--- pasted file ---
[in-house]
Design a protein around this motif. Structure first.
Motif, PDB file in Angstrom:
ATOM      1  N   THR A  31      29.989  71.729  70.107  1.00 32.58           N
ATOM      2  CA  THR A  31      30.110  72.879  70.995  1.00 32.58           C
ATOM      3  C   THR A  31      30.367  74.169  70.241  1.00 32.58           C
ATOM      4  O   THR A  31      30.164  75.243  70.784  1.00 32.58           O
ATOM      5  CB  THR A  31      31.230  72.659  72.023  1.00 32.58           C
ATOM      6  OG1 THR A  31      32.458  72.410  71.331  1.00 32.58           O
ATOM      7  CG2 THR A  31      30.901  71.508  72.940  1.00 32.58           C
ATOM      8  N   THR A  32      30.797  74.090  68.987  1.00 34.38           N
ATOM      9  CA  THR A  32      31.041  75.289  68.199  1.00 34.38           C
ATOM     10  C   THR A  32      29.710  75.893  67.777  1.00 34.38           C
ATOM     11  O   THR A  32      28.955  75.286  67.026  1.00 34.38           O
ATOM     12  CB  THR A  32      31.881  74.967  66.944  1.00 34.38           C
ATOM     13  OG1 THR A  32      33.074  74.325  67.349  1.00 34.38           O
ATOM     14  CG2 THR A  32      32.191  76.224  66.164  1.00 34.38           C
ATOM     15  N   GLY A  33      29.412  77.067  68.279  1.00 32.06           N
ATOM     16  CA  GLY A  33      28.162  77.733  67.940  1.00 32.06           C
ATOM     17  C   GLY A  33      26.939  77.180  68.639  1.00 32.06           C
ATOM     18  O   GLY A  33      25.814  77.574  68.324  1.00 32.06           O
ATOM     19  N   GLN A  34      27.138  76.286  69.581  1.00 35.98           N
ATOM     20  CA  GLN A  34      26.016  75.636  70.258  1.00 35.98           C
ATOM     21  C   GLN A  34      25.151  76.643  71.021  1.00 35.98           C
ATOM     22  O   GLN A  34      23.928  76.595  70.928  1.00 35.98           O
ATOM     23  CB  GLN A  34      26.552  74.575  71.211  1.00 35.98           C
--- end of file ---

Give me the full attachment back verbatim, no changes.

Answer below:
[in-house]
Design a protein around this motif. Structure first.
Motif, PDB file in Angstrom:
ATOM      1  N   THR A  31      29.989  71.729  70.107  1.00 32.58           N
ATOM      2  CA  THR A  31      30.110  72.879  70.995  1.00 32.58           C
ATOM      3  C   THR A  31      30.367  74.169  70.241  1.00 32.58           C
ATOM      4  O   THR A  31      30.164  75.243  70.784  1.00 32.58           O
ATOM      5  CB  THR A  31      31.230  72.659  72.023  1.00 32.58           C
ATOM      6  OG1 THR A  31      32.458  72.410  71.331  1.00 32.58           O
ATOM      7  CG2 THR A  31      30.901  71.508  72.940  1.00 32.58           C
ATOM      8  N   THR A  32      30.797  74.090  68.987  1.00 34.38           N
ATOM      9  CA  THR A  32      31.041  75.289  68.199  1.00 34.38           C
ATOM     10  C   THR A  32      29.710  75.893  67.777  1.00 34.38           C
ATOM     11  O   THR A  32      28.955  75.286  67.026  1.00 34.38           O
ATOM     12  CB  THR A  32      31.881  74.967  66.944  1.00 34.38           C
ATOM     13  OG1 THR A  32      33.074  74.325  67.349  1.00 34.38           O
ATOM     14  CG2 THR A  32      32.191  76.224  66.164  1.00 34.38           C
ATOM     15  N   GLY A  33      29.412  77.067  68.279  1.00 32.06           N
ATOM     16  CA  GLY A  33      28.162  77.733  67.940  1.00 32.06           C
ATOM     17  C   GLY A  33      26.939  77.180  68.639  1.00 32.06           C
ATOM     18  O   GLY A  33      25.814  77.574  68.324  1.00 32.06           O
ATOM     19  N   GLN A  34      27.138  76.286  69.581  1.00 35.98           N
ATOM     20  CA  GLN A  34      26.016  75.636  70.258  1.00 35.98           C
ATOM     21  C   GLN A  34      25.151  76.643  71.021  1.00 35.98           C
ATOM     22  O   GLN A  34      23.928  76.595  70.928  1.00 35.98           O
ATOM     23  CB  GLN A  34      26.552  74.575  71.211  1.00 35.98           C